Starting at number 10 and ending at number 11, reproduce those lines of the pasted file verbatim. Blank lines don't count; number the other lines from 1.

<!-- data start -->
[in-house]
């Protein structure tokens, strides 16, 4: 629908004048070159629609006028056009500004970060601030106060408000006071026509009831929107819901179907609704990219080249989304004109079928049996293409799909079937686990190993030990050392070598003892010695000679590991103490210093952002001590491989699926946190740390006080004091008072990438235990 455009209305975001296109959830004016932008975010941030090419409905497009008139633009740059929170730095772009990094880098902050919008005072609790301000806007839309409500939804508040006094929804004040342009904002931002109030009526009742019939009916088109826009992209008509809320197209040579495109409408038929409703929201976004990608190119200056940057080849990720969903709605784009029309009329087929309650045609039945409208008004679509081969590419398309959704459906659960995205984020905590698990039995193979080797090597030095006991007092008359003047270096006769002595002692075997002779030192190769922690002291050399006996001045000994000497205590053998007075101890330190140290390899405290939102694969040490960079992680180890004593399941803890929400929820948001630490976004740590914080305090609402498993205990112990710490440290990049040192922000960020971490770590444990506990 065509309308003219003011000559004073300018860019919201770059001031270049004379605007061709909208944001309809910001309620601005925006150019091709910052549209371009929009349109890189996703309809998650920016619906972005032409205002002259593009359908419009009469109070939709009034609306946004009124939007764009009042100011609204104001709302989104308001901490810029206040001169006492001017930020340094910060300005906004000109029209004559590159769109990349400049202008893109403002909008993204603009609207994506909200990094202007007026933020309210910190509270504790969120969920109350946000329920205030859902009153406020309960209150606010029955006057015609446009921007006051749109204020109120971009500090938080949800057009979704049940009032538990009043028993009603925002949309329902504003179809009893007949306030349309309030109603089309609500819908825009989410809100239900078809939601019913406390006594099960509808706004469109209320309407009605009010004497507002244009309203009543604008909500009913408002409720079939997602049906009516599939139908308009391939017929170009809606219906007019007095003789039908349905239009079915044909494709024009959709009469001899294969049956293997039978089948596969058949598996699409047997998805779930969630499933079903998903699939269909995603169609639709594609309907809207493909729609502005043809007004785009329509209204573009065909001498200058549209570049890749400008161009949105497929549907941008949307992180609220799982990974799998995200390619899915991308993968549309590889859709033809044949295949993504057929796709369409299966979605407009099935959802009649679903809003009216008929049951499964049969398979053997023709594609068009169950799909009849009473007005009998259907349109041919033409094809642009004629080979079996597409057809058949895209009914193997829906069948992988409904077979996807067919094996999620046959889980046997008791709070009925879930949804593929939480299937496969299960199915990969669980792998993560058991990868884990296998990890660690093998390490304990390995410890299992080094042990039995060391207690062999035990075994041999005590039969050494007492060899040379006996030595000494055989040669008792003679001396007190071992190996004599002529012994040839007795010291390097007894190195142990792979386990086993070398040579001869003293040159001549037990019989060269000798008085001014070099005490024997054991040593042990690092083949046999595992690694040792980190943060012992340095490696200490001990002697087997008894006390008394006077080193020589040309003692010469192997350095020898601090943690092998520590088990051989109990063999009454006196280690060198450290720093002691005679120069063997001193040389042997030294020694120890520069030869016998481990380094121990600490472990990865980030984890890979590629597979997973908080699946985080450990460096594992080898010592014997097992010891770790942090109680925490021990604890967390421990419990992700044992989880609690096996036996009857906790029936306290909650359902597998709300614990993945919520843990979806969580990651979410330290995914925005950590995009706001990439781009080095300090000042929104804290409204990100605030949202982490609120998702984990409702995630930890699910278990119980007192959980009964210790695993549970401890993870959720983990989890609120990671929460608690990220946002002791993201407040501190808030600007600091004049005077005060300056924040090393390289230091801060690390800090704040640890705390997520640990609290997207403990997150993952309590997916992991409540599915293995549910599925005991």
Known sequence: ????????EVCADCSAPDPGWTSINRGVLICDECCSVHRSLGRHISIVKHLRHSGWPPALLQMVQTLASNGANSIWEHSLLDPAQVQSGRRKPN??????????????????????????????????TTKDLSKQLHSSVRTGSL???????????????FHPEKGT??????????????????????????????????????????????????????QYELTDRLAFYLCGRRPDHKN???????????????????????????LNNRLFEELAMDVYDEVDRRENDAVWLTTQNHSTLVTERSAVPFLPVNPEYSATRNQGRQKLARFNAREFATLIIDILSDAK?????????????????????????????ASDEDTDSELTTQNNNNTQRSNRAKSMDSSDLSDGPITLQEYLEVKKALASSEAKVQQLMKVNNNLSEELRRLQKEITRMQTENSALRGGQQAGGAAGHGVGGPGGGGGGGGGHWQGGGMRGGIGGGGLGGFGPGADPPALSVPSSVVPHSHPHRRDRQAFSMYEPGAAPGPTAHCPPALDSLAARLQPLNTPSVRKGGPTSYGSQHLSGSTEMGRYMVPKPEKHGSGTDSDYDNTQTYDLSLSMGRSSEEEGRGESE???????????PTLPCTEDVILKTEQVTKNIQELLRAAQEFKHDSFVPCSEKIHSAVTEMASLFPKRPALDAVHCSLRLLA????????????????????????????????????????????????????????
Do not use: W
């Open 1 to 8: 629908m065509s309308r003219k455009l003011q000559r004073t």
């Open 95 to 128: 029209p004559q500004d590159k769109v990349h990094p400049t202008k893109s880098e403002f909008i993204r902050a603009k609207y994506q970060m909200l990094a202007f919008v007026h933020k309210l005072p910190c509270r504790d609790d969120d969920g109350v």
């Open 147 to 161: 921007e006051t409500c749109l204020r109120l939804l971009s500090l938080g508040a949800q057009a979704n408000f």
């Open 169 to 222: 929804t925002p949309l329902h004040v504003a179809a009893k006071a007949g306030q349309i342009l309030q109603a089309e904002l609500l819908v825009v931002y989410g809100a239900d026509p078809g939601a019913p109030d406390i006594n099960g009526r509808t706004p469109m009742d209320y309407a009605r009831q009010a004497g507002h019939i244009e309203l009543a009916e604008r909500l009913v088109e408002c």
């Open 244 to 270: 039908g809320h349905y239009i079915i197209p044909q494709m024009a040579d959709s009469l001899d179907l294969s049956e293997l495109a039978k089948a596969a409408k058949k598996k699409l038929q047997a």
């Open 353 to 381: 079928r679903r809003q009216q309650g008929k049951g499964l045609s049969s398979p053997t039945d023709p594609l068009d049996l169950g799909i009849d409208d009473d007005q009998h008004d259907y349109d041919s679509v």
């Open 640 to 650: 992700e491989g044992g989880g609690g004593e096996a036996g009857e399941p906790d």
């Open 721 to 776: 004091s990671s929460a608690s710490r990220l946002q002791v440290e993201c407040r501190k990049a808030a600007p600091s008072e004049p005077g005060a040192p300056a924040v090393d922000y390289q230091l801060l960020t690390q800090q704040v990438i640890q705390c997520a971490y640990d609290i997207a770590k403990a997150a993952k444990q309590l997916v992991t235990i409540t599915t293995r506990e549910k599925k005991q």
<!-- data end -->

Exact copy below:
């Open 353 to 381: 079928r679903r809003q009216q309650g008929k049951g499964l045609s049969s398979p053997t039945d023709p594609l068009d049996l169950g799909i009849d409208d009473d007005q009998h008004d259907y349109d041919s679509v």
């Open 640 to 650: 992700e491989g044992g989880g609690g004593e096996a036996g009857e399941p906790d």